Are Your Sheep Consuming Enough Calcium?

Melanie Barkley, Livestock Extension Educator, Penn State Extension
(Previously published on the Penn State Extension, Animals and Livestock page)

(Image Source: Ketcham’s Sheep Equipment)

Minerals are essential to support skeletal and nervous system functions. But, have you balanced your current mineral program lately with the forages and other feeds that your sheep are consuming?Top of Form

Most forages and a good quality mineral mix meet nutritional requirements of mature ewes. But, ewes will need additional mineral supplements, particularly during the last third of gestation.

The only way to truly evaluate a mineral program is to start with testing forages and other feeds consumed by the sheep. Assess nutrient levels using Continue reading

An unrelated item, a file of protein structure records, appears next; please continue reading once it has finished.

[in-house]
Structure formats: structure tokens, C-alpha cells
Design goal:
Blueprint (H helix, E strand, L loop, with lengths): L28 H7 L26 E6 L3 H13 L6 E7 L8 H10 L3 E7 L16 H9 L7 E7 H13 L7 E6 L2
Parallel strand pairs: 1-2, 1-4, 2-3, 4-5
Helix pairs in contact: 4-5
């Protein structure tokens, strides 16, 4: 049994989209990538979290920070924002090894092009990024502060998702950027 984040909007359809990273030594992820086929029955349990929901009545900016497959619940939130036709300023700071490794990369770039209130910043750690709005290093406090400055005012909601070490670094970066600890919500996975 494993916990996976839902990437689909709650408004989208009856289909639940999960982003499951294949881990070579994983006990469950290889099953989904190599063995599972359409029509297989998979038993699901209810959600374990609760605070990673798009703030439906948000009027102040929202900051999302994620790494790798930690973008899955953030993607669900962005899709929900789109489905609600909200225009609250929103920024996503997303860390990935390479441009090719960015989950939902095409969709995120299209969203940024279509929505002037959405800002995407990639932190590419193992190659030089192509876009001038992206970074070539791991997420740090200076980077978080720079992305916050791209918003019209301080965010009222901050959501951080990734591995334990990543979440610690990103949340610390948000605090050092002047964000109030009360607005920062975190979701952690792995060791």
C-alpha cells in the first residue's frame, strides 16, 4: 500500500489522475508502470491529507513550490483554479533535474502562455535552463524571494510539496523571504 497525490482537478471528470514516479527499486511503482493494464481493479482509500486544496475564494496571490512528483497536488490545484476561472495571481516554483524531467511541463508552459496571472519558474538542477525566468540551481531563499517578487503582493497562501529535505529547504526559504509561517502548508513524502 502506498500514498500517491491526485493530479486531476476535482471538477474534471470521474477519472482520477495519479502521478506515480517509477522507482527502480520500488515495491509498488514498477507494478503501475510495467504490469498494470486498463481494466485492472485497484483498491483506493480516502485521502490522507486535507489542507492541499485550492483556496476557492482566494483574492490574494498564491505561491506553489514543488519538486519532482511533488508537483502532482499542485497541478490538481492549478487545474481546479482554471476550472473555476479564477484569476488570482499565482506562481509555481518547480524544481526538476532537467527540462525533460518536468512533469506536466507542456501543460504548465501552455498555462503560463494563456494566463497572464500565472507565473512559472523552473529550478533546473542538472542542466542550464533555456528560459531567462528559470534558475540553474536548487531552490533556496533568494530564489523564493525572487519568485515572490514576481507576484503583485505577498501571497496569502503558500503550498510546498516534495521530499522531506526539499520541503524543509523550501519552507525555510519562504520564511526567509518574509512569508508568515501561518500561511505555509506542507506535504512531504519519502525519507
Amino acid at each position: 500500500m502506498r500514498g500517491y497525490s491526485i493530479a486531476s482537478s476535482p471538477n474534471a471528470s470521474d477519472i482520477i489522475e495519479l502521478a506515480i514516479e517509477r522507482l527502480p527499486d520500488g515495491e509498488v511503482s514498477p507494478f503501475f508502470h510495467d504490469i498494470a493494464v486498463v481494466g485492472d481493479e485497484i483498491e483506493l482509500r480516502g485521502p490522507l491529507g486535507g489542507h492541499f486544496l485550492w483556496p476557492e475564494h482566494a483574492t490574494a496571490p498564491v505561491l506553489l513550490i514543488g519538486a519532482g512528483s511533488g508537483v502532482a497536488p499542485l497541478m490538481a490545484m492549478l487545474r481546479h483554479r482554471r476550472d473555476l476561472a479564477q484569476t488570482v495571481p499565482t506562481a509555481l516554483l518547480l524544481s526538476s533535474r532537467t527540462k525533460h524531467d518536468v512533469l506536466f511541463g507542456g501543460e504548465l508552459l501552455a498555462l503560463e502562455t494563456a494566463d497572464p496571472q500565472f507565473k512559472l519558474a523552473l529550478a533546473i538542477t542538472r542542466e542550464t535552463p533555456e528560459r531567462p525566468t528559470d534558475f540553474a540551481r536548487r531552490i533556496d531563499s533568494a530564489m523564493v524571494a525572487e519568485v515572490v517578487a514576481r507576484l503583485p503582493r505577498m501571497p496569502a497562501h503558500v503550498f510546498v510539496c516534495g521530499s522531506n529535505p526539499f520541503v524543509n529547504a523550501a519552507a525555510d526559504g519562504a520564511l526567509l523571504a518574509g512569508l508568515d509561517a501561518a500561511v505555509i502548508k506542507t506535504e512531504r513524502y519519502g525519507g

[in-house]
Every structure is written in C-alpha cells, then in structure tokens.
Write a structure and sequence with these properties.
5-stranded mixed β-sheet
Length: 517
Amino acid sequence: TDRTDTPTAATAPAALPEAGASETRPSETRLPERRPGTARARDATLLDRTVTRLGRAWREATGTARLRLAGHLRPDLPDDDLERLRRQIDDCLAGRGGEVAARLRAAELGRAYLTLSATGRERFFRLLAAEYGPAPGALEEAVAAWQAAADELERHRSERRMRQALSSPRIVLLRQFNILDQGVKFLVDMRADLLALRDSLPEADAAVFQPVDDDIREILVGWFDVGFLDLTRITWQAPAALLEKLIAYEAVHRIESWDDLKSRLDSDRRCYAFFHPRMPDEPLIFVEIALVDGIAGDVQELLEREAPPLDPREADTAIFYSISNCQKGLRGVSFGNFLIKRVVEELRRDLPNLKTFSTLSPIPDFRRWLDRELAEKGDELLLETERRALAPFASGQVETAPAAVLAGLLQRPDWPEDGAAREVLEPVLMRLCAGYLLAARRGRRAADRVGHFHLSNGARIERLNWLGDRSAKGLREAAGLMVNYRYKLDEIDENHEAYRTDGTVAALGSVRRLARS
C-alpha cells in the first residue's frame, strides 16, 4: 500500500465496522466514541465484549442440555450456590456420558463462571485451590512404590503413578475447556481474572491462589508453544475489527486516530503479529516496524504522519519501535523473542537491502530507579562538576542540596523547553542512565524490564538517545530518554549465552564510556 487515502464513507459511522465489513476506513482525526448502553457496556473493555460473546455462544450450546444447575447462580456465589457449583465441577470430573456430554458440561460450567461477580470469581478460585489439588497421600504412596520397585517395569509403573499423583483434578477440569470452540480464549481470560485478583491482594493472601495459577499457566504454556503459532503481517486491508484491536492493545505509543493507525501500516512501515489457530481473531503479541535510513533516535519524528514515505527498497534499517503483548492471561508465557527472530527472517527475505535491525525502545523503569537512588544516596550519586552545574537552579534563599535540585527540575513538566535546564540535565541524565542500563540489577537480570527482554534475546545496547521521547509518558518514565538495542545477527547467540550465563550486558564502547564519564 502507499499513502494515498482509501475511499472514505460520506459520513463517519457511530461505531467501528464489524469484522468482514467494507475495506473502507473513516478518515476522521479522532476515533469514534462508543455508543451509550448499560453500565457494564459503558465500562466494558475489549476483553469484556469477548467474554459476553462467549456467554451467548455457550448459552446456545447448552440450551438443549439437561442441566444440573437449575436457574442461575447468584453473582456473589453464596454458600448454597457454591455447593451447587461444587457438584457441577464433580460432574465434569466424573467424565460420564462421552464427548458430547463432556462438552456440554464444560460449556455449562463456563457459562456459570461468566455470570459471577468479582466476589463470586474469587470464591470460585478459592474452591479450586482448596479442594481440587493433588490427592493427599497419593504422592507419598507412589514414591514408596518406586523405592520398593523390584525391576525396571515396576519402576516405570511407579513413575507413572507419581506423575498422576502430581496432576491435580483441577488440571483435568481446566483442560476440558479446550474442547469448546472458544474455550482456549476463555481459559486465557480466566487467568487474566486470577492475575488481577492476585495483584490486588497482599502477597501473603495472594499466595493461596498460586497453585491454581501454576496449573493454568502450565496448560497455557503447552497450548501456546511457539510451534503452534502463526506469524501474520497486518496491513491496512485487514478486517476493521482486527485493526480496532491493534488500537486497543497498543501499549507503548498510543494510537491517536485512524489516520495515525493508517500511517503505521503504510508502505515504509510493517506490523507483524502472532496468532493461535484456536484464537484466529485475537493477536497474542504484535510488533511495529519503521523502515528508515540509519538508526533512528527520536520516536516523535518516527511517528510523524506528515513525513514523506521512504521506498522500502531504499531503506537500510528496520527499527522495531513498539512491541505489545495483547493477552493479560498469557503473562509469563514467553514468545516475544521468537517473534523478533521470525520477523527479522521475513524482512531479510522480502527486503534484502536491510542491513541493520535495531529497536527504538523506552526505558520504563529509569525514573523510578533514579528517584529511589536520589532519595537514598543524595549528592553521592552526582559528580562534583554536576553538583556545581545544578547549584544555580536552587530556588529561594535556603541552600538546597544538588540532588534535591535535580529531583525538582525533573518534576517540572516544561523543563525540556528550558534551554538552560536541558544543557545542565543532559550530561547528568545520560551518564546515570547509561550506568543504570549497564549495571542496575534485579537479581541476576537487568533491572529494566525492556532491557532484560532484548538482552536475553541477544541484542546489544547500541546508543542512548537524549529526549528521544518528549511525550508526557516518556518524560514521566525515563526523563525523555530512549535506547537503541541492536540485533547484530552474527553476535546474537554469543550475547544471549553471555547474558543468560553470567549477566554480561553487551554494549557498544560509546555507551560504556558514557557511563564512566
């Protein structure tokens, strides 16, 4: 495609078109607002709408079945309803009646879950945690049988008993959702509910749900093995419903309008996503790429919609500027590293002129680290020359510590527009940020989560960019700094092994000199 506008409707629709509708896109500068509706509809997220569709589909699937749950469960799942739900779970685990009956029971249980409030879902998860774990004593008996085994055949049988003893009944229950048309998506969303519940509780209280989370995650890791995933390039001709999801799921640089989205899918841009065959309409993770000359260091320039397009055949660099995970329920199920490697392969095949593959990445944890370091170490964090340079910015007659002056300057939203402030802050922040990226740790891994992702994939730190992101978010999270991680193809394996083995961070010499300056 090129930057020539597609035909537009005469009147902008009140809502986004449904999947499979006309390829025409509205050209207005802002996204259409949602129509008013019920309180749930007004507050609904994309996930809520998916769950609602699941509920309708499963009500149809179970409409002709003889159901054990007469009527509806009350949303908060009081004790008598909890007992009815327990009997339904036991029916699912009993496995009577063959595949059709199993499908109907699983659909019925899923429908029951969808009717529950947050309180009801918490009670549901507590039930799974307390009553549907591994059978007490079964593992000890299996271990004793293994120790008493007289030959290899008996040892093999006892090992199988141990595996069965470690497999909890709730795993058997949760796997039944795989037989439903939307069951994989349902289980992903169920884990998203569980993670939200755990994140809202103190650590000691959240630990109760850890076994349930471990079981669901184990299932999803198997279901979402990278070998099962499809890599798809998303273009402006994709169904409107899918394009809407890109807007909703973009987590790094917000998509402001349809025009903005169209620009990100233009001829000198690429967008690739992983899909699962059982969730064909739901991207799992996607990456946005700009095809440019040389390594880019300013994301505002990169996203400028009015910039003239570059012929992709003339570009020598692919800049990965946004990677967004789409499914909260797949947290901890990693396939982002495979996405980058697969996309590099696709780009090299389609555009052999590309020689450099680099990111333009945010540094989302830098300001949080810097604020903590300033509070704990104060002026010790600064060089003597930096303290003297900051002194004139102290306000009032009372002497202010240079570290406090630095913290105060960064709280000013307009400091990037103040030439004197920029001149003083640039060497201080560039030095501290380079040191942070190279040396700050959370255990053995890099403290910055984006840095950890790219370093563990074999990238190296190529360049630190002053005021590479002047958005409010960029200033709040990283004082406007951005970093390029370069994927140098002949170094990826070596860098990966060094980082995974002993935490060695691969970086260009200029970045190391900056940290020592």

An Alternative Use for Wool

Tim Lundeen, Feedstuffs editor
(Previously published in Feedstuffs, Nutrition and Health: August 17, 2018)

Wool may offer dietary protein source.

Wool protein hydrolysates offer promise as functional ingredient in pet foods as well as other foods and feeds.

Developing new products from available resources often requires scientists to think differently, and such new products can offer new revenue streams for animal agriculture sectors.

Researchers with New Zealand’s AgResearch have discovered that proteins from wool can be added to the diets of animals to improve their health, opening up a new market for the sheep industry. Continue reading

Adding Distillers Grain and Soy Hulls to Sheep Diets

Jeff Held, SDSU Sheep Extension Specialists
(Previously published as an Extension Extra: South Dakota State University Cooperative Extension Service)

Feeding Soy Hulls and Dried Distillers Grain with Solubles to Sheep